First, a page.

Preserving the techniques of Katayama-ryu iai-kenjutsu today and passing the tradition down to the future.


Long ago, from the beginning of the Edo period (1603) all the way through to the Bakumatsu period (1853-1867), there was a school of swordsmanship located in the Nishimi area of Iwakuni city, famous for its Kintai Bridge, where warriors would go to train. Its name was the “Shinbu-jo” and they would go there to learn above all else “Shinbu”, that is the most sublime and noble spirit of a warrior.
There, the lively sounds of bokuto (wooden swords) and shinai (bamboo swords) clashing together could be heard from far away every month on the mornings of the days ending in one and six. Today, we are continuing the tradition of these young warriors.
  ”Shinbu” is not to kill, meaning one has achieved victory before any fighting takes place, and expresses the ultimate ideal of the martial arts. It is written in the old writings of Katayama-ryu that “If bu (the martial path) does not attain the level of shinbu, it cannot really be called bu.”

 The purpose of establishing the Katayama-ryu Shinbu-no-Kai
  Katayama-ryu is a martial arts tradition focusing on iaijutsu (sword drawing) and kenjutsu (combat with drawn swords) that was founded by Katayama Hoki-no-kami Hisayasu (1575-1650).Hisayasu served as a kenjutsu instructor to Toyotomi Hidetsugu (1568-1595) and Hideyori (1593-1615), the nephew and son of Toyotomi Hideyoshi (1536-1598), the second of three great leaders who unified Japan after a period of over 100 years of civil war known as the Warring States Period (Sengoku Jidai in Japanese). After the destruction of the Toyotomi family in the summer campaign of the Siege of Osaka (1615), the Katayama family came to serve the Iwakuni domain as martial arts instructors. Within the Katayama family this tradition continued through the of the Edo period, into the Meiji Restoration (1868), but due to the trends of the time and the modernization of Japan, it ended with the eighth generation and final head of the family, Katayama Busuke.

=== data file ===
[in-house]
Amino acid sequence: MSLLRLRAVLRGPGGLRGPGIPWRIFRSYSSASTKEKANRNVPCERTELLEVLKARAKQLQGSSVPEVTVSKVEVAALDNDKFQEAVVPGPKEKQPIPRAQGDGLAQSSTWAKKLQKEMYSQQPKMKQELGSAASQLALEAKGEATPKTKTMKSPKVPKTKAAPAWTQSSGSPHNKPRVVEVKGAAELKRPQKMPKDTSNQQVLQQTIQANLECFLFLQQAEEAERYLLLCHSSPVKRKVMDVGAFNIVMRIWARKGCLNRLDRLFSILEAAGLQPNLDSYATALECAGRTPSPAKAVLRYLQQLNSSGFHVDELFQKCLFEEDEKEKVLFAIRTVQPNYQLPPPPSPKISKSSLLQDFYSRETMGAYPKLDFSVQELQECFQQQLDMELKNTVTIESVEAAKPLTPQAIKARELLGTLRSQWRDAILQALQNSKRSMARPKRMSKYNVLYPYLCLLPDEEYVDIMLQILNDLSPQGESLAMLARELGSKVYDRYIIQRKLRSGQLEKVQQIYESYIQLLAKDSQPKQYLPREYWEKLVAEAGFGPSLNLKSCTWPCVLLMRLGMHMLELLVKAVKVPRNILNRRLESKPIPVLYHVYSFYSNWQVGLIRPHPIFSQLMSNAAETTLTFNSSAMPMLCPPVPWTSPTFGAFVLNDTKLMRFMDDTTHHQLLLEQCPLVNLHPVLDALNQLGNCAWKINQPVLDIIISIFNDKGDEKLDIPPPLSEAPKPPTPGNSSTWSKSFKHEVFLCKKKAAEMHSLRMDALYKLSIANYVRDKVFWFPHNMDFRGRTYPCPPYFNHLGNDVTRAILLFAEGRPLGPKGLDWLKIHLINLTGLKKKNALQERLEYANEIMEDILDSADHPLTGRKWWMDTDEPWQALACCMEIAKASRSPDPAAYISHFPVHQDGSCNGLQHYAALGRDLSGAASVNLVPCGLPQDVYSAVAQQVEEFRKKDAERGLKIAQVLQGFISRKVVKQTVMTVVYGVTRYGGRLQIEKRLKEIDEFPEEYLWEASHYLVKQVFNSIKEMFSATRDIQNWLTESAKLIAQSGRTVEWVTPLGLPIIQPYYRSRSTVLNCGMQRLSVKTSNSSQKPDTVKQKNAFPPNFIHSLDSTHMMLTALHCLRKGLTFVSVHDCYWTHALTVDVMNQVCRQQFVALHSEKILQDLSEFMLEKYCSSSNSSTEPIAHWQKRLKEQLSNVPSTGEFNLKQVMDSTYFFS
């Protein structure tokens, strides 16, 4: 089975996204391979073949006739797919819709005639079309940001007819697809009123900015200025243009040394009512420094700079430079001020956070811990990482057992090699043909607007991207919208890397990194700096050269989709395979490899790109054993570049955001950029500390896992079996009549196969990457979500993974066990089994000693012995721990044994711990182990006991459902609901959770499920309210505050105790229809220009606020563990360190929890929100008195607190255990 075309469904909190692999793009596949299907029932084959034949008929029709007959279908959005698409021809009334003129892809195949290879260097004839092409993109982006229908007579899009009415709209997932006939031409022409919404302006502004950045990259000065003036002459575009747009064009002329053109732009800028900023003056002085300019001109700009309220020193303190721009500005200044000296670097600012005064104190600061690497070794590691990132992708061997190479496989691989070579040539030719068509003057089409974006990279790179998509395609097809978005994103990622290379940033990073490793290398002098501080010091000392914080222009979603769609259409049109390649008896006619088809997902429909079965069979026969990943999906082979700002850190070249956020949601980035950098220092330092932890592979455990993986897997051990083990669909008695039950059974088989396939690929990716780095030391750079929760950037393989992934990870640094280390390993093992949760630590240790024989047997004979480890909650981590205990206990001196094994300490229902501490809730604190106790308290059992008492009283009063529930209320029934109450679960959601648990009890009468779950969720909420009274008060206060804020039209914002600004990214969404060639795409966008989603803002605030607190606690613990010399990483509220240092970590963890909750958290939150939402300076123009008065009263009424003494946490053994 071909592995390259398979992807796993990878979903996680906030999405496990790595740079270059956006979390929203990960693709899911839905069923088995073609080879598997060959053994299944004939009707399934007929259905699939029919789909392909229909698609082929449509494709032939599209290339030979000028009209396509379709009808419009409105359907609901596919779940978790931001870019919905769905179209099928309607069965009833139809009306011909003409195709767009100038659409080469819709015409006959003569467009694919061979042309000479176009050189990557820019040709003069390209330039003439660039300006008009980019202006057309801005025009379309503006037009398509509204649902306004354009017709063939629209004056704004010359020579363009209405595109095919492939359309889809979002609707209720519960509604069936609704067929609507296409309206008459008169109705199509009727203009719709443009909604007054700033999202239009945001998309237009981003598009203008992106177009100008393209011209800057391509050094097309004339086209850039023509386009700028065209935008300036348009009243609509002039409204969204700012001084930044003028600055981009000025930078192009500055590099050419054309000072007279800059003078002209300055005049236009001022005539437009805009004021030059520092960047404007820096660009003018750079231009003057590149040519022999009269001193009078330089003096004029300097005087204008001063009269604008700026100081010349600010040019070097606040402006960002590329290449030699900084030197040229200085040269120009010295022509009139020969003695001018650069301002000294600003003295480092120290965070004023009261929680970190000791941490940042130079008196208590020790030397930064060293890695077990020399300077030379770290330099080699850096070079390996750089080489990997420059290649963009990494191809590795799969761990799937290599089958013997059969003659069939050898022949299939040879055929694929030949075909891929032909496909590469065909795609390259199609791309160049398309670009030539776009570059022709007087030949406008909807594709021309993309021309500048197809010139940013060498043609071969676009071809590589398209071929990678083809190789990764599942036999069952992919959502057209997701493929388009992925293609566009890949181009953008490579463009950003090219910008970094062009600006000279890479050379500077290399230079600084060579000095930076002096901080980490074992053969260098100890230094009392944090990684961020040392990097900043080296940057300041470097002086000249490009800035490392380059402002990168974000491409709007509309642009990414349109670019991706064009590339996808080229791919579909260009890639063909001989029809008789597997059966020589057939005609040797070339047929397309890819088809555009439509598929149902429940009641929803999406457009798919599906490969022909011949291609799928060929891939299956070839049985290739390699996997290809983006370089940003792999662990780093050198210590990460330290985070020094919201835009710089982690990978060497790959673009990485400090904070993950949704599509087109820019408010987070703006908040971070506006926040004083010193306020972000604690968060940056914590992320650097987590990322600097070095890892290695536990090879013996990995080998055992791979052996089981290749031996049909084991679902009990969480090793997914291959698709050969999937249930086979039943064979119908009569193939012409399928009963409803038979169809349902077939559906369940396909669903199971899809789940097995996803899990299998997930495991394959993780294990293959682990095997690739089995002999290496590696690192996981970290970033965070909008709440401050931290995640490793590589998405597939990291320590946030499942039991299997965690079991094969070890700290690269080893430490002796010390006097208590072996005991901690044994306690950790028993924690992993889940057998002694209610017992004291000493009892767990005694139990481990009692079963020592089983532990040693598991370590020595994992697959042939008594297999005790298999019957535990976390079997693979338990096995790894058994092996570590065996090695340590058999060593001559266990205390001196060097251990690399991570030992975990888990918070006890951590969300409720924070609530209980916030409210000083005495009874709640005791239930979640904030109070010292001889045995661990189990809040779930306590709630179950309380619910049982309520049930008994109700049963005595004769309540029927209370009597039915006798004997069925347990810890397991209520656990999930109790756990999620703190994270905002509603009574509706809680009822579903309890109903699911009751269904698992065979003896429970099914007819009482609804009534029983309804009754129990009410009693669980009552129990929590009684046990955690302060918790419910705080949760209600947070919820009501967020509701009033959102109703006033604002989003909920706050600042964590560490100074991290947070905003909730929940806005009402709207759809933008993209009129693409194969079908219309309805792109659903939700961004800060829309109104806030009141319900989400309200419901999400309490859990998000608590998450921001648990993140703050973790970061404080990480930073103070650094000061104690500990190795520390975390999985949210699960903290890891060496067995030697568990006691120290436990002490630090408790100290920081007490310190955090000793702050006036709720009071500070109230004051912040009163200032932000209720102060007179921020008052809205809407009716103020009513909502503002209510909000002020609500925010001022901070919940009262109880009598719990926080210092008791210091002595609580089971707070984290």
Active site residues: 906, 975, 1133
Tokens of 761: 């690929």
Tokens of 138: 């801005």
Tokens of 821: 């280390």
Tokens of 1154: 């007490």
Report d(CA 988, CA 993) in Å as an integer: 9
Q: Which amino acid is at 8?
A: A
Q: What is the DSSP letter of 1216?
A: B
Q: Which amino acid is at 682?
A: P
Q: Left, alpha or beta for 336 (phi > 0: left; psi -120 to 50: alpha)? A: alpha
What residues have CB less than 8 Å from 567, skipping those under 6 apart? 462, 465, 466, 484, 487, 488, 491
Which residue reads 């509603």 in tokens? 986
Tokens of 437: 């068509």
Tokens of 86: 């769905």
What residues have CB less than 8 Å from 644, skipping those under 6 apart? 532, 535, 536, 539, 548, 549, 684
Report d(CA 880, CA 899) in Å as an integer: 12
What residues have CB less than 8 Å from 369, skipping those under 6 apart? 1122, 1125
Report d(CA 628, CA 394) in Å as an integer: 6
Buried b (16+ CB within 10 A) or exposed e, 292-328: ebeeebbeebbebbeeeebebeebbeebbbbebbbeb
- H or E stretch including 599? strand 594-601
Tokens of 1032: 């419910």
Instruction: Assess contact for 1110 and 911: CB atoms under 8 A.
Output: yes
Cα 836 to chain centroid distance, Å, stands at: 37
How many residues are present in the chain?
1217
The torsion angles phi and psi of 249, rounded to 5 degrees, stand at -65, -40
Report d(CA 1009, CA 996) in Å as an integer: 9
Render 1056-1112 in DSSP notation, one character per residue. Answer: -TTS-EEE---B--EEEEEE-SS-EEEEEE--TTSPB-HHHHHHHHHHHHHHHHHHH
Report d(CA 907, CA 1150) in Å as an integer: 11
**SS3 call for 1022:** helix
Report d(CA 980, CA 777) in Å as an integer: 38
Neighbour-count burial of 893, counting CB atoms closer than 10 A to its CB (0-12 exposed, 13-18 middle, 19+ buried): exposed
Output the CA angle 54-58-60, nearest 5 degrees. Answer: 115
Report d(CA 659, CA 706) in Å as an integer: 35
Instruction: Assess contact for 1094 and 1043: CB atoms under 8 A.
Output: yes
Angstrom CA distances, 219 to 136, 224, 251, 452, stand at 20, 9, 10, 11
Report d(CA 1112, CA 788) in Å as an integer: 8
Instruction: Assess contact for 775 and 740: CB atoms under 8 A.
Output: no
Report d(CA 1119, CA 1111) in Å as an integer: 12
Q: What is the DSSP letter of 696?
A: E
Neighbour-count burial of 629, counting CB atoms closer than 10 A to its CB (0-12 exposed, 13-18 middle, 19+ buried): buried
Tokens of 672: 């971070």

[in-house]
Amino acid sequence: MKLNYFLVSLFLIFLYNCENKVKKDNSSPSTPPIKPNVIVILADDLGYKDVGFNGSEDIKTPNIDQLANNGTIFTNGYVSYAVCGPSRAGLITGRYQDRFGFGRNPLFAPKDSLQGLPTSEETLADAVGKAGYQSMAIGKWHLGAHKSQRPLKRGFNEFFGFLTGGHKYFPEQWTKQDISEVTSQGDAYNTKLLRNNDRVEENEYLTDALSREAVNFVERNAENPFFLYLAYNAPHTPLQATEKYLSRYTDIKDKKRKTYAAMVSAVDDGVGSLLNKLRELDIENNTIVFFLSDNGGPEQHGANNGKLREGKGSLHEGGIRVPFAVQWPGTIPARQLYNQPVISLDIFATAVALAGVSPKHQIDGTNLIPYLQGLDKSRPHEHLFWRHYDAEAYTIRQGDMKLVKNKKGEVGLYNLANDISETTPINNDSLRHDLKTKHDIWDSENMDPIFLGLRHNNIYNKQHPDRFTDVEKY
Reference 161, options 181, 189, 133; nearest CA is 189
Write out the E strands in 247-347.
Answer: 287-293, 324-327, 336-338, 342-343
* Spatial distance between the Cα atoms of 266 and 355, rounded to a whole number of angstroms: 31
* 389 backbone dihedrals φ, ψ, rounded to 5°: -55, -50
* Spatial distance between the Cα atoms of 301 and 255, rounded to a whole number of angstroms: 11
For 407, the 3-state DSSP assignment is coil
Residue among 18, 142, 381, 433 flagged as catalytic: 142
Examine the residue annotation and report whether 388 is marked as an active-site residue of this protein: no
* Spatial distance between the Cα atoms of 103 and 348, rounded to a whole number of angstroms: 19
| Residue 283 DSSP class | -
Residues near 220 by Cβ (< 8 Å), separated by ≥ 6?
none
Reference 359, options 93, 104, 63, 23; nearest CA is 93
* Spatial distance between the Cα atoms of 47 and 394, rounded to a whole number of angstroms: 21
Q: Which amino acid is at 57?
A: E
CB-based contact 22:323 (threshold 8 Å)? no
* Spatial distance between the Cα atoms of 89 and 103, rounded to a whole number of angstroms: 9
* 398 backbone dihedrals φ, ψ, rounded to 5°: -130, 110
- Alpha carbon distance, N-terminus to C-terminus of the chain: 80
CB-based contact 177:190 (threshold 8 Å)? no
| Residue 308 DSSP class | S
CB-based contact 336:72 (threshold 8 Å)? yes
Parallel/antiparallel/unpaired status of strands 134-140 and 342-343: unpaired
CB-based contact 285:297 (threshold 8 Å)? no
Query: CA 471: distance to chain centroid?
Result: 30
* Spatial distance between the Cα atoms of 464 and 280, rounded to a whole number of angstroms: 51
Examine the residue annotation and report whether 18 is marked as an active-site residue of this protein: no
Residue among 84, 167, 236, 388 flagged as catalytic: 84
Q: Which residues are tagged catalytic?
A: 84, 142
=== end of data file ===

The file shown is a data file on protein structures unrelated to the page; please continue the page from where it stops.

While studying Hoki-ryu iaijutsu Hoshino-ha under Yoshizawa Ikki sensei in Kyoto, Niwata Yoshiho sensei (died 2008), diligently researched its source art of Katayama-ryu and put great effort into the transmission of the Katayama family’s art of iai-kenjutsu.
Now, on May 18th, 2013, we have established the Katayama-ryu Shinbu-no-Kai, with the aim of preserving its techniques today and transmitting the art to future generations.

European Regional Training Seminar

October 01-02, 2016, Rome, Italy

International Joint Training Seminar

3rd-4th Sept 2016 Osaka
3rd, 5th Nov 2016 Osaka

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